This year is set to see plenty of progress on the creation of the Northumberland section of the England Coast Path – a single route all the way round the English coastline.
As previously reported, the ambitious Natural England project has recently started work in the county.
A report to Monday’s meeting of Northumberland County Council’s north area committee provides members with an update with what has happened in the county so far and what is to take place in the coming year.
As the report explains, ‘a promoted coast path already exists in Northumberland between Cresswell and Berwick, but the new England Coast Path will allow the existing path to be extended to the county boundary in the north and south as well as allowing those sections of the existing path that do not closely follow the coast to be realigned’.
‘The new legal framework for the path will also allow it to roll back when it becomes threatened by coastal erosion or flooding’.
At the Northumberland Coast Area of Outstanding Natural Beauty (AONB) Partnership’s Annual Forum in November last year, one of the guest speakers was Andrew Best, from Natural England.
He is responsible for the section of path from Skegness all the way up to the Scottish Border and explained that the overall aim is to tackle the postcode lottery of rights and management standards, with the process for each smaller stretch taking about three years.
User certainty and confidence is key. “It’s in everyone’s interest to know where you can go and where you can’t go, ” Mr Best said.
The route needs to be future-proof and flexible, driven by national momentum, but with local involvement.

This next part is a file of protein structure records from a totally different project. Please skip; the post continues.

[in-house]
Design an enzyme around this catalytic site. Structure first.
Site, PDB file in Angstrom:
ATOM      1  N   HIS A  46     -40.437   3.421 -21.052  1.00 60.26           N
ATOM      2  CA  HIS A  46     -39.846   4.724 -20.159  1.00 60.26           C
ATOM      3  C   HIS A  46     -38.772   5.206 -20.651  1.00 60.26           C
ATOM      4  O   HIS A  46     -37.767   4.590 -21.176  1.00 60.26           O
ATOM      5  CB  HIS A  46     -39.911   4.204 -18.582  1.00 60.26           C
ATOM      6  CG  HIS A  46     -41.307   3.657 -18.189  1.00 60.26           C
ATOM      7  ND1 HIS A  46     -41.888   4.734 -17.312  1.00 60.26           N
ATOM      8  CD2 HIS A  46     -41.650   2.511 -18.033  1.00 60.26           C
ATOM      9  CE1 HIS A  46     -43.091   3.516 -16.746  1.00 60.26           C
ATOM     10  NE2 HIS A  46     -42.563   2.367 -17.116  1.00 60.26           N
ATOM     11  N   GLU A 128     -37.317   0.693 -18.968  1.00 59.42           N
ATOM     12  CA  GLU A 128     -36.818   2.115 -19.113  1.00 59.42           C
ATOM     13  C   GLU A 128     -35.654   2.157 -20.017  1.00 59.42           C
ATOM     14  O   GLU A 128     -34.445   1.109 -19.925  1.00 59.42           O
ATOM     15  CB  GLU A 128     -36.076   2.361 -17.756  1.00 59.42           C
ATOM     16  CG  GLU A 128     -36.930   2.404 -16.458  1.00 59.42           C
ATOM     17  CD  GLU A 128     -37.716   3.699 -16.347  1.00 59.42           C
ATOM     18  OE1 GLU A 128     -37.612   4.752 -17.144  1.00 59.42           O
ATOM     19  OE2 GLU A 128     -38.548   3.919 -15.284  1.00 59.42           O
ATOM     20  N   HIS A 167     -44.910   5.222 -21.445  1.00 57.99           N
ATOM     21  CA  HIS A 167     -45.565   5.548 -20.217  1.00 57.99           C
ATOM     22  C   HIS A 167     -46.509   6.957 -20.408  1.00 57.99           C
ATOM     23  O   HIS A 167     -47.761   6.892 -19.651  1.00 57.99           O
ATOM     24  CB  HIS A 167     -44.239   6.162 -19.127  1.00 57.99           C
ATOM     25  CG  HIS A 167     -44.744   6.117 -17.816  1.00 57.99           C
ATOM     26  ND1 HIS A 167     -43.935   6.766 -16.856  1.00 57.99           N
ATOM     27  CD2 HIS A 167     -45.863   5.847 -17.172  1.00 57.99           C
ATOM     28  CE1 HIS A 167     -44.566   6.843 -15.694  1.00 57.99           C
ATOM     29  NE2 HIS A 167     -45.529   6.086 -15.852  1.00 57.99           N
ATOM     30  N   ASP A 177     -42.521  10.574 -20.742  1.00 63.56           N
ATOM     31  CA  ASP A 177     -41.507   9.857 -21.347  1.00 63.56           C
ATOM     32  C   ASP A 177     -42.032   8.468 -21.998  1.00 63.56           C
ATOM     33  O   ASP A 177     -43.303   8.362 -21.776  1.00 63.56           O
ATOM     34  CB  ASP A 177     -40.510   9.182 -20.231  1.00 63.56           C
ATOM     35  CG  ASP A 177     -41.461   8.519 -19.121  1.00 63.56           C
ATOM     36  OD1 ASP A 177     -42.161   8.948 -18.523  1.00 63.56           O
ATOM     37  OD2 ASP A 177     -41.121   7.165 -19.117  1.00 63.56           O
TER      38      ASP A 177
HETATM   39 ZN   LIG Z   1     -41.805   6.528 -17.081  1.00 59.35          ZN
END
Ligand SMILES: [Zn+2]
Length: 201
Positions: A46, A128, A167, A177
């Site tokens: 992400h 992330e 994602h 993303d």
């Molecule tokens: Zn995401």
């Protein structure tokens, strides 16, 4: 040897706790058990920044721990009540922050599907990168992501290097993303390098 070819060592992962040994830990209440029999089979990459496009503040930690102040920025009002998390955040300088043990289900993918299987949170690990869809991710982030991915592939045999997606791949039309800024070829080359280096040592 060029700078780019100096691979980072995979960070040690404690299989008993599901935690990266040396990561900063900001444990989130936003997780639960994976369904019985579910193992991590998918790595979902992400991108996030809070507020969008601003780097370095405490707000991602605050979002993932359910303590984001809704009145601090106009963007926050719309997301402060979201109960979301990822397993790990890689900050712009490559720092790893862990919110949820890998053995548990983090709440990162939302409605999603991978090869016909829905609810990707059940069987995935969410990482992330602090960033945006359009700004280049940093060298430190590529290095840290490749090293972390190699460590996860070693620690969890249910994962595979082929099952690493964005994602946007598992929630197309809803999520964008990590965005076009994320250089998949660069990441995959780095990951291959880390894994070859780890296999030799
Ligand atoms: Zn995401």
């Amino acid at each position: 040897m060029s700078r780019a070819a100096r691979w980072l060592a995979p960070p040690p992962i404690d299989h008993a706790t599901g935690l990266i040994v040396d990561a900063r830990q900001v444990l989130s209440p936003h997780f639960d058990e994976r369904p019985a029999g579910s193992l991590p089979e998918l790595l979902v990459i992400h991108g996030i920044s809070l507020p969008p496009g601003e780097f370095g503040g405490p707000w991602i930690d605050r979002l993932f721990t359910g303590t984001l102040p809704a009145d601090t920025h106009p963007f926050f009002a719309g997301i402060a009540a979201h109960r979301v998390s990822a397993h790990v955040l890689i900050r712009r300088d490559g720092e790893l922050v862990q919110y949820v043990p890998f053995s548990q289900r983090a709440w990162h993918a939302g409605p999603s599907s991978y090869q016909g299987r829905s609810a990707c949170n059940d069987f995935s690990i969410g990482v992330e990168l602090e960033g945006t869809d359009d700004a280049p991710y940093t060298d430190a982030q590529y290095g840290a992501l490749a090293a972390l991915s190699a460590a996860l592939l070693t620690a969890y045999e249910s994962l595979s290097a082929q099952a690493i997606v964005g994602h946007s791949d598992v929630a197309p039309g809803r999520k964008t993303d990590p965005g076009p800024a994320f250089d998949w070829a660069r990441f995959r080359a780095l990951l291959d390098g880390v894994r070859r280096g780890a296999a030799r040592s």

As such, Northumberland County Council will work with Natural England to ensure that the path is established as soon as possible and to bring forward the target completion dates where possible.
The funding and timetable for the creation of the path is controlled by Natural England and it has divided the Northumberland coast into four sections for implementation, with the following target dates:
• Seaton Sluice to Amble – start summer 2015, complete March 2018;
• Amble to Bamburgh – start spring/summer 2016, complete spring 2019;
• Lindisfarne – commence early 2017, complete 2020;
• Bamburgh to Scottish border – start early 2017, complete 2020.
The report explains: ‘The detailed work of devising the route for each section of the path, liaising and consulting with landowners, and preparing a final report for submission to the Secretary of State for approval, will be led by Natural England, but the county council (as access authority) will be involved in assisting with this process.
‘Once the route has been confirmed by the Secretary of State, the county council’s countryside and green spaces team (part of neighbourhood services) will be responsible for undertaking all the necessary work to establish the route on the ground, including the erection of gates, bridges, signage, etc, and the improvement of path surfaces where necessary.
‘All the council’s costs in assisting with devising and establishing the path will be met by Natural England’.